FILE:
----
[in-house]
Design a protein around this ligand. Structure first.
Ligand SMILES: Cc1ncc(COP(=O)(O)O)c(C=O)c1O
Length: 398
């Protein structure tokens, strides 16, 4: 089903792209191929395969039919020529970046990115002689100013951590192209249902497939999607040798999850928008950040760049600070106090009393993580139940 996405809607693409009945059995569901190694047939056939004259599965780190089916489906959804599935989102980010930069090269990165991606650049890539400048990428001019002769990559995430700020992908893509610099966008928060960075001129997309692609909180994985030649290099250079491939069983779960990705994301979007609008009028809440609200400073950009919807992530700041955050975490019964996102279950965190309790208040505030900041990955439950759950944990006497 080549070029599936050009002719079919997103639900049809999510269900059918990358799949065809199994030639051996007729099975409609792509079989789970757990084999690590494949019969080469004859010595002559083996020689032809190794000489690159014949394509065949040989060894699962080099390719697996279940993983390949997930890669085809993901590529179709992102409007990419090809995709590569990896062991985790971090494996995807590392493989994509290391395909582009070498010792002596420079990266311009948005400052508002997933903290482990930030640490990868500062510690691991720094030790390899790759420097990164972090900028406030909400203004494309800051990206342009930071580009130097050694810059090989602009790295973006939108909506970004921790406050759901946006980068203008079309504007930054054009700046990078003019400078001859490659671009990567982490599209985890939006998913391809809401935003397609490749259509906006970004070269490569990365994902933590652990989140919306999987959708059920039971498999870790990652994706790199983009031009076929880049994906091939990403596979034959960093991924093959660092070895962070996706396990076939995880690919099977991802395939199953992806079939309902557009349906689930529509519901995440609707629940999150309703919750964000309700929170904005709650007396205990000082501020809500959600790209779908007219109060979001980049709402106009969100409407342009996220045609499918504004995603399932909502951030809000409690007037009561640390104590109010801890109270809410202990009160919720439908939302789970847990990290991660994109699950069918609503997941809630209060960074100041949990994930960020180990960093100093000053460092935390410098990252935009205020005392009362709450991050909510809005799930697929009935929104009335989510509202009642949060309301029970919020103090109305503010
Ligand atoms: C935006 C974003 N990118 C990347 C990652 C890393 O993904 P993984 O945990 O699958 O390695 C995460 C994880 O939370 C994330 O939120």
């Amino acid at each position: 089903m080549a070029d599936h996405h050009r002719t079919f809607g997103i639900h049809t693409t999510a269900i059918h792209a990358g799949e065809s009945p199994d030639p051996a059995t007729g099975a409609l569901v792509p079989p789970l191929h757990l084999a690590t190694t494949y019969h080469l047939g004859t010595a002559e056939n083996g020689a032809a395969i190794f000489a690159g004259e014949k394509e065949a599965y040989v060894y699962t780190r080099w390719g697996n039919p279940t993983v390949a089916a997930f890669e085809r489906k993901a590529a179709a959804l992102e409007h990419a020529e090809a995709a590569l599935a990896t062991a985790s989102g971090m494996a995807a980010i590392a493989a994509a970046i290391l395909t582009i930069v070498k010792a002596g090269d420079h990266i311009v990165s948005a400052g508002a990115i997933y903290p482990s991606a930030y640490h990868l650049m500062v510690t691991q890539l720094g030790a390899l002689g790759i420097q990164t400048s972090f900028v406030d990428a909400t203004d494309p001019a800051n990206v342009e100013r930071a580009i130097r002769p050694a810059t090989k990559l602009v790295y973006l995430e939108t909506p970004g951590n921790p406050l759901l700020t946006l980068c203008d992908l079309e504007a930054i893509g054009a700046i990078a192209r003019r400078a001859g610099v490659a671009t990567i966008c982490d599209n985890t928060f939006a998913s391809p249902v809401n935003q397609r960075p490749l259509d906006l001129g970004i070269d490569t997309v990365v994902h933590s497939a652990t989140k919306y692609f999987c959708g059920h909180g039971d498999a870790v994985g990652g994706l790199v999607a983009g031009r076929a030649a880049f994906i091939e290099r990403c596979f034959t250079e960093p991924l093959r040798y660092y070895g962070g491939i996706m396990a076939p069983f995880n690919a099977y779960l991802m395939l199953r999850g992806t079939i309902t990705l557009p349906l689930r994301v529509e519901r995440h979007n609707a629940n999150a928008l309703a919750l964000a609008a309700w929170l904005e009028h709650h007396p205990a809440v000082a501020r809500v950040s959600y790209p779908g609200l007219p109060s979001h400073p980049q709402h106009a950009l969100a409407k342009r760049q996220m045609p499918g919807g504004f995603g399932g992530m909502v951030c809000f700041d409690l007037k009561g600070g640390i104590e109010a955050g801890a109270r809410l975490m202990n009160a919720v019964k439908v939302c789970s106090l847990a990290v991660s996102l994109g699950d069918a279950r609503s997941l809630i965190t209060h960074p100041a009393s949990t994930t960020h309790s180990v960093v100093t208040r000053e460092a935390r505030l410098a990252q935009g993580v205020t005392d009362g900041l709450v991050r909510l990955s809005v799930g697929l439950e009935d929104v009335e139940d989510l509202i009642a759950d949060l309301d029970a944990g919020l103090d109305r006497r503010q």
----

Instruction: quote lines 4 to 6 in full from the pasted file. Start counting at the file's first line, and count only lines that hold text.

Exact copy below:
Length: 398
């Protein structure tokens, strides 16, 4: 089903792209191929395969039919020529970046990115002689100013951590192209249902497939999607040798999850928008950040760049600070106090009393993580139940 996405809607693409009945059995569901190694047939056939004259599965780190089916489906959804599935989102980010930069090269990165991606650049890539400048990428001019002769990559995430700020992908893509610099966008928060960075001129997309692609909180994985030649290099250079491939069983779960990705994301979007609008009028809440609200400073950009919807992530700041955050975490019964996102279950965190309790208040505030900041990955439950759950944990006497 080549070029599936050009002719079919997103639900049809999510269900059918990358799949065809199994030639051996007729099975409609792509079989789970757990084999690590494949019969080469004859010595002559083996020689032809190794000489690159014949394509065949040989060894699962080099390719697996279940993983390949997930890669085809993901590529179709992102409007990419090809995709590569990896062991985790971090494996995807590392493989994509290391395909582009070498010792002596420079990266311009948005400052508002997933903290482990930030640490990868500062510690691991720094030790390899790759420097990164972090900028406030909400203004494309800051990206342009930071580009130097050694810059090989602009790295973006939108909506970004921790406050759901946006980068203008079309504007930054054009700046990078003019400078001859490659671009990567982490599209985890939006998913391809809401935003397609490749259509906006970004070269490569990365994902933590652990989140919306999987959708059920039971498999870790990652994706790199983009031009076929880049994906091939990403596979034959960093991924093959660092070895962070996706396990076939995880690919099977991802395939199953992806079939309902557009349906689930529509519901995440609707629940999150309703919750964000309700929170904005709650007396205990000082501020809500959600790209779908007219109060979001980049709402106009969100409407342009996220045609499918504004995603399932909502951030809000409690007037009561640390104590109010801890109270809410202990009160919720439908939302789970847990990290991660994109699950069918609503997941809630209060960074100041949990994930960020180990960093100093000053460092935390410098990252935009205020005392009362709450991050909510809005799930697929009935929104009335989510509202009642949060309301029970919020103090109305503010
Ligand atoms: C935006 C974003 N990118 C990347 C990652 C890393 O993904 P993984 O945990 O699958 O390695 C995460 C994880 O939370 C994330 O939120």